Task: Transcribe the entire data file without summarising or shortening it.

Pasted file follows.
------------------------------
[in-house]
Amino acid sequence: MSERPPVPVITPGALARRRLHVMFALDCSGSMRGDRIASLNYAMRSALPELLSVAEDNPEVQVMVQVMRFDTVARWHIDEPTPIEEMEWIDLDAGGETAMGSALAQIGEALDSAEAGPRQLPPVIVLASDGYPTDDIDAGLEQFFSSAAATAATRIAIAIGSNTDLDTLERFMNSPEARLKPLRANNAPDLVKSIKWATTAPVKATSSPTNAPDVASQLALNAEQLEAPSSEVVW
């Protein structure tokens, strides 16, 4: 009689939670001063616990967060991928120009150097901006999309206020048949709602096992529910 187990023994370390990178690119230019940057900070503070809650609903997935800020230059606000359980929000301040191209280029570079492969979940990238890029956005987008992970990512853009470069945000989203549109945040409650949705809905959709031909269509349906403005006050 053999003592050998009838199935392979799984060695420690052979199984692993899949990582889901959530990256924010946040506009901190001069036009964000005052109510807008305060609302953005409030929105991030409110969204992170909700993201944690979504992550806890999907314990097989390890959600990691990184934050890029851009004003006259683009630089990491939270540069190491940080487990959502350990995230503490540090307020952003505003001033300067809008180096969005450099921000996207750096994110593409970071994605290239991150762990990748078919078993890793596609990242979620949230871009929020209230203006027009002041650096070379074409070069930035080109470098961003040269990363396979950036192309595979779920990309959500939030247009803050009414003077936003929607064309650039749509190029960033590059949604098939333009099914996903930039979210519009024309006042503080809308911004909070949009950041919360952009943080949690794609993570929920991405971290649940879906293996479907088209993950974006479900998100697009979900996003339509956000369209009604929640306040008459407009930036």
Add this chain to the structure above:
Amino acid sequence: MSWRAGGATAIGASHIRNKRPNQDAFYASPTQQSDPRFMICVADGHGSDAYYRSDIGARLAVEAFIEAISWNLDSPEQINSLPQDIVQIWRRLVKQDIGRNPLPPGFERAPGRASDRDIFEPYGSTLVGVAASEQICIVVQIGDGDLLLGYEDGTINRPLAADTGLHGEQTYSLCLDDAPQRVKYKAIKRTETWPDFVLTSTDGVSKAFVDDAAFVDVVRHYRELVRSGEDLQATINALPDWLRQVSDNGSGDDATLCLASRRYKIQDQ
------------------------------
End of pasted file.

[in-house]
Amino acid sequence: MSERPPVPVITPGALARRRLHVMFALDCSGSMRGDRIASLNYAMRSALPELLSVAEDNPEVQVMVQVMRFDTVARWHIDEPTPIEEMEWIDLDAGGETAMGSALAQIGEALDSAEAGPRQLPPVIVLASDGYPTDDIDAGLEQFFSSAAATAATRIAIAIGSNTDLDTLERFMNSPEARLKPLRANNAPDLVKSIKWATTAPVKATSSPTNAPDVASQLALNAEQLEAPSSEVVW
């Protein structure tokens, strides 16, 4: 009689939670001063616990967060991928120009150097901006999309206020048949709602096992529910 187990023994370390990178690119230019940057900070503070809650609903997935800020230059606000359980929000301040191209280029570079492969979940990238890029956005987008992970990512853009470069945000989203549109945040409650949705809905959709031909269509349906403005006050 053999003592050998009838199935392979799984060695420690052979199984692993899949990582889901959530990256924010946040506009901190001069036009964000005052109510807008305060609302953005409030929105991030409110969204992170909700993201944690979504992550806890999907314990097989390890959600990691990184934050890029851009004003006259683009630089990491939270540069190491940080487990959502350990995230503490540090307020952003505003001033300067809008180096969005450099921000996207750096994110593409970071994605290239991150762990990748078919078993890793596609990242979620949230871009929020209230203006027009002041650096070379074409070069930035080109470098961003040269990363396979950036192309595979779920990309959500939030247009803050009414003077936003929607064309650039749509190029960033590059949604098939333009099914996903930039979210519009024309006042503080809308911004909070949009950041919360952009943080949690794609993570929920991405971290649940879906293996479907088209993950974006479900998100697009979900996003339509956000369209009604929640306040008459407009930036």
Add this chain to the structure above:
Amino acid sequence: MSWRAGGATAIGASHIRNKRPNQDAFYASPTQQSDPRFMICVADGHGSDAYYRSDIGARLAVEAFIEAISWNLDSPEQINSLPQDIVQIWRRLVKQDIGRNPLPPGFERAPGRASDRDIFEPYGSTLVGVAASEQICIVVQIGDGDLLLGYEDGTINRPLAADTGLHGEQTYSLCLDDAPQRVKYKAIKRTETWPDFVLTSTDGVSKAFVDDAAFVDVVRHYRELVRSGEDLQATINALPDWLRQVSDNGSGDDATLCLASRRYKIQDQ